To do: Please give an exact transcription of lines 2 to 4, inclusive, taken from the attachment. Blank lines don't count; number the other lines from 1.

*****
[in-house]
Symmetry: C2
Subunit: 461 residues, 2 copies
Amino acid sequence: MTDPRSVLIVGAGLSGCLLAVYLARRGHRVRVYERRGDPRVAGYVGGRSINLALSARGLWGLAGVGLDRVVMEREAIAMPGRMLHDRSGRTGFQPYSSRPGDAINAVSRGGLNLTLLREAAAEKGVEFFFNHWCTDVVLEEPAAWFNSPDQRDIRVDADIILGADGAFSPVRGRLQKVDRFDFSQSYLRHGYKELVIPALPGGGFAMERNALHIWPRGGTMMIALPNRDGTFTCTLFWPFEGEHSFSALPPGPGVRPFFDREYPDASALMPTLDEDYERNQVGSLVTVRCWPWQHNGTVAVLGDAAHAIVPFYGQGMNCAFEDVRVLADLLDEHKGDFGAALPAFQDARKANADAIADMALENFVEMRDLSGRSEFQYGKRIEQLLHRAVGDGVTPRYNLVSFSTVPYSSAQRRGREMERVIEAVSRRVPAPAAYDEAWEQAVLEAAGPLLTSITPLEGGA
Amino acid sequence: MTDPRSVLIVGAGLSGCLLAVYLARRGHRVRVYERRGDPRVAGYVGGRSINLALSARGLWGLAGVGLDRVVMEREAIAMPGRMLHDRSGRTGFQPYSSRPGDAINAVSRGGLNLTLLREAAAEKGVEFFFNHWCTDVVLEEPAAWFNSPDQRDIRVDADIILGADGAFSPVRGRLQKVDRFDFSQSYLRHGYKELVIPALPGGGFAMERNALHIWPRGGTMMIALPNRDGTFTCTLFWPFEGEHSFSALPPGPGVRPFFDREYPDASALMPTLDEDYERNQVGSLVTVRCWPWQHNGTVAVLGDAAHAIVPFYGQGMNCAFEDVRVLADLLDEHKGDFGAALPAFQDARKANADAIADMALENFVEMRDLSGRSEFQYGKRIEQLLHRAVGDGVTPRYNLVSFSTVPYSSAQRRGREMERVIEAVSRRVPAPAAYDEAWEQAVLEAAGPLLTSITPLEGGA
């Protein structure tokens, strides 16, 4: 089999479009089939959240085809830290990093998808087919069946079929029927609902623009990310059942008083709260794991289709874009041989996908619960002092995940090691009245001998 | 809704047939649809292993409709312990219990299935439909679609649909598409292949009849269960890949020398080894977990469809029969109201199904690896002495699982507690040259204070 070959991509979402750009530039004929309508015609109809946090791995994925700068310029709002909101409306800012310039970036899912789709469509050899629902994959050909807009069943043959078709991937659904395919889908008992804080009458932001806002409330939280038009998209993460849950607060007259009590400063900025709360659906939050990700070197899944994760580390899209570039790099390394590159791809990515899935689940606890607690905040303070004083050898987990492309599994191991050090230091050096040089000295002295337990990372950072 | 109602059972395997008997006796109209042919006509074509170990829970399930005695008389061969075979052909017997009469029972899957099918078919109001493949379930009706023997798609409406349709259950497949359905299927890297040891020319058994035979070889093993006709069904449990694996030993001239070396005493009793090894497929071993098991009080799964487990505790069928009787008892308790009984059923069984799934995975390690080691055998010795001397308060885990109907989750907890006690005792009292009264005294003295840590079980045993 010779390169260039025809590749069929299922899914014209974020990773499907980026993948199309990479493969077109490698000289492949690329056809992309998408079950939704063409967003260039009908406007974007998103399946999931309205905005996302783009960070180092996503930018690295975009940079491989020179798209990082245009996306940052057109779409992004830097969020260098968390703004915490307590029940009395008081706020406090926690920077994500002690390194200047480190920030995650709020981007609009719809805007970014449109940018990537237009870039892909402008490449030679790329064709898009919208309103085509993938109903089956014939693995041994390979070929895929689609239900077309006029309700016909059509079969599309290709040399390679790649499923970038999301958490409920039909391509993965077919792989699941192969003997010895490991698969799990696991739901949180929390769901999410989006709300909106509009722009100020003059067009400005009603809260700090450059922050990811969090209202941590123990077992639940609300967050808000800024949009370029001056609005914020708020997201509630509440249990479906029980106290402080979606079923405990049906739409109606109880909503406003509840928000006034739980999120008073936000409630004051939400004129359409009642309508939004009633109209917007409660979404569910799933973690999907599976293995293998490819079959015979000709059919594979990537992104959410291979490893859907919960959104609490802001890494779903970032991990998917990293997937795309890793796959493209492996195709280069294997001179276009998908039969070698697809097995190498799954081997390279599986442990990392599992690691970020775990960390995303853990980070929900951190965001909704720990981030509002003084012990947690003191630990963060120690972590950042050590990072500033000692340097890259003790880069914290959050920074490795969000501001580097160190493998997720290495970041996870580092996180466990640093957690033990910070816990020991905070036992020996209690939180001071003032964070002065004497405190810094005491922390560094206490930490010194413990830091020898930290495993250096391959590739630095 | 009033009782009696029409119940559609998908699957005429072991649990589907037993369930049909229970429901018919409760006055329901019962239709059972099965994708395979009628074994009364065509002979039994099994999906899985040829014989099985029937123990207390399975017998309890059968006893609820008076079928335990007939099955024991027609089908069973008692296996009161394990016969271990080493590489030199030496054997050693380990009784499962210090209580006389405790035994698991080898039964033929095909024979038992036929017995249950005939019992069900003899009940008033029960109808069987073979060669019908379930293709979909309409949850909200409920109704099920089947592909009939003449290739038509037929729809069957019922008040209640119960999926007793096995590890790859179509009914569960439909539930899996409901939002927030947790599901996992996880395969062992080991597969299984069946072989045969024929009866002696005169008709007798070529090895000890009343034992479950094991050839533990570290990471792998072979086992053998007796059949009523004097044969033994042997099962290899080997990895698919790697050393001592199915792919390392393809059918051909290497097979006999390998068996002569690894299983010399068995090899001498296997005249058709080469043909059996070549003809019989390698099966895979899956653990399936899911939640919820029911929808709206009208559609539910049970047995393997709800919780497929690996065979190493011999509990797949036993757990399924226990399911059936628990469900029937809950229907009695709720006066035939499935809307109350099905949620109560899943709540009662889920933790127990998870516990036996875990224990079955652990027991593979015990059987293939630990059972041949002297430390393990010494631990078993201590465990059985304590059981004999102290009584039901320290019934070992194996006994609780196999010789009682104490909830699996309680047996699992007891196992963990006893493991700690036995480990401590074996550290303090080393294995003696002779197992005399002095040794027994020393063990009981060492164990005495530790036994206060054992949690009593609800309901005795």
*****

Symmetry: C2
Subunit: 461 residues, 2 copies
Amino acid sequence: MTDPRSVLIVGAGLSGCLLAVYLARRGHRVRVYERRGDPRVAGYVGGRSINLALSARGLWGLAGVGLDRVVMEREAIAMPGRMLHDRSGRTGFQPYSSRPGDAINAVSRGGLNLTLLREAAAEKGVEFFFNHWCTDVVLEEPAAWFNSPDQRDIRVDADIILGADGAFSPVRGRLQKVDRFDFSQSYLRHGYKELVIPALPGGGFAMERNALHIWPRGGTMMIALPNRDGTFTCTLFWPFEGEHSFSALPPGPGVRPFFDREYPDASALMPTLDEDYERNQVGSLVTVRCWPWQHNGTVAVLGDAAHAIVPFYGQGMNCAFEDVRVLADLLDEHKGDFGAALPAFQDARKANADAIADMALENFVEMRDLSGRSEFQYGKRIEQLLHRAVGDGVTPRYNLVSFSTVPYSSAQRRGREMERVIEAVSRRVPAPAAYDEAWEQAVLEAAGPLLTSITPLEGGA